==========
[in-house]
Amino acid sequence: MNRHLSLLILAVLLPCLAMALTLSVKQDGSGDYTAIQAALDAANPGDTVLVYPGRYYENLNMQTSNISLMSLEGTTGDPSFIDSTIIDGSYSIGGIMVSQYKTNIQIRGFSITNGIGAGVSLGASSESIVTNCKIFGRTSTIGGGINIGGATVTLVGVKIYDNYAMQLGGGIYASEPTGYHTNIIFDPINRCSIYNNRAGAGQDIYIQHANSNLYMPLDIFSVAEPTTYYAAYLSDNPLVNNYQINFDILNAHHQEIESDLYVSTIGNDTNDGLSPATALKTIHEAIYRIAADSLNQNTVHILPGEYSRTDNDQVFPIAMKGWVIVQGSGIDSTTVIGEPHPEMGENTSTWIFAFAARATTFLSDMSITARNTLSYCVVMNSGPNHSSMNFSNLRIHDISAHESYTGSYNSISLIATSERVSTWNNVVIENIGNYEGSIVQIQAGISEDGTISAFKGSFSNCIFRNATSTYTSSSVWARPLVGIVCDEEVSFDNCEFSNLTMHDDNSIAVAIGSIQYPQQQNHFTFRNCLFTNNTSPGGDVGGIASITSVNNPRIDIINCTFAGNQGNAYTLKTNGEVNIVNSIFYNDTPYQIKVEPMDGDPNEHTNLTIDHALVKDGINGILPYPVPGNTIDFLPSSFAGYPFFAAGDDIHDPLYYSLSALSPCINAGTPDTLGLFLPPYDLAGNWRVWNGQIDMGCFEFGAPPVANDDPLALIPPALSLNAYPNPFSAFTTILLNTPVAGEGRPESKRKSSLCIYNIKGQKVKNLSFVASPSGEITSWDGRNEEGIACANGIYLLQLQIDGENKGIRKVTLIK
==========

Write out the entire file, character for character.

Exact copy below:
[in-house]
Amino acid sequence: MNRHLSLLILAVLLPCLAMALTLSVKQDGSGDYTAIQAALDAANPGDTVLVYPGRYYENLNMQTSNISLMSLEGTTGDPSFIDSTIIDGSYSIGGIMVSQYKTNIQIRGFSITNGIGAGVSLGASSESIVTNCKIFGRTSTIGGGINIGGATVTLVGVKIYDNYAMQLGGGIYASEPTGYHTNIIFDPINRCSIYNNRAGAGQDIYIQHANSNLYMPLDIFSVAEPTTYYAAYLSDNPLVNNYQINFDILNAHHQEIESDLYVSTIGNDTNDGLSPATALKTIHEAIYRIAADSLNQNTVHILPGEYSRTDNDQVFPIAMKGWVIVQGSGIDSTTVIGEPHPEMGENTSTWIFAFAARATTFLSDMSITARNTLSYCVVMNSGPNHSSMNFSNLRIHDISAHESYTGSYNSISLIATSERVSTWNNVVIENIGNYEGSIVQIQAGISEDGTISAFKGSFSNCIFRNATSTYTSSSVWARPLVGIVCDEEVSFDNCEFSNLTMHDDNSIAVAIGSIQYPQQQNHFTFRNCLFTNNTSPGGDVGGIASITSVNNPRIDIINCTFAGNQGNAYTLKTNGEVNIVNSIFYNDTPYQIKVEPMDGDPNEHTNLTIDHALVKDGINGILPYPVPGNTIDFLPSSFAGYPFFAAGDDIHDPLYYSLSALSPCINAGTPDTLGLFLPPYDLAGNWRVWNGQIDMGCFEFGAPPVANDDPLALIPPALSLNAYPNPFSAFTTILLNTPVAGEGRPESKRKSSLCIYNIKGQKVKNLSFVASPSGEITSWDGRNEEGIACANGIYLLQLQIDGENKGIRKVTLIK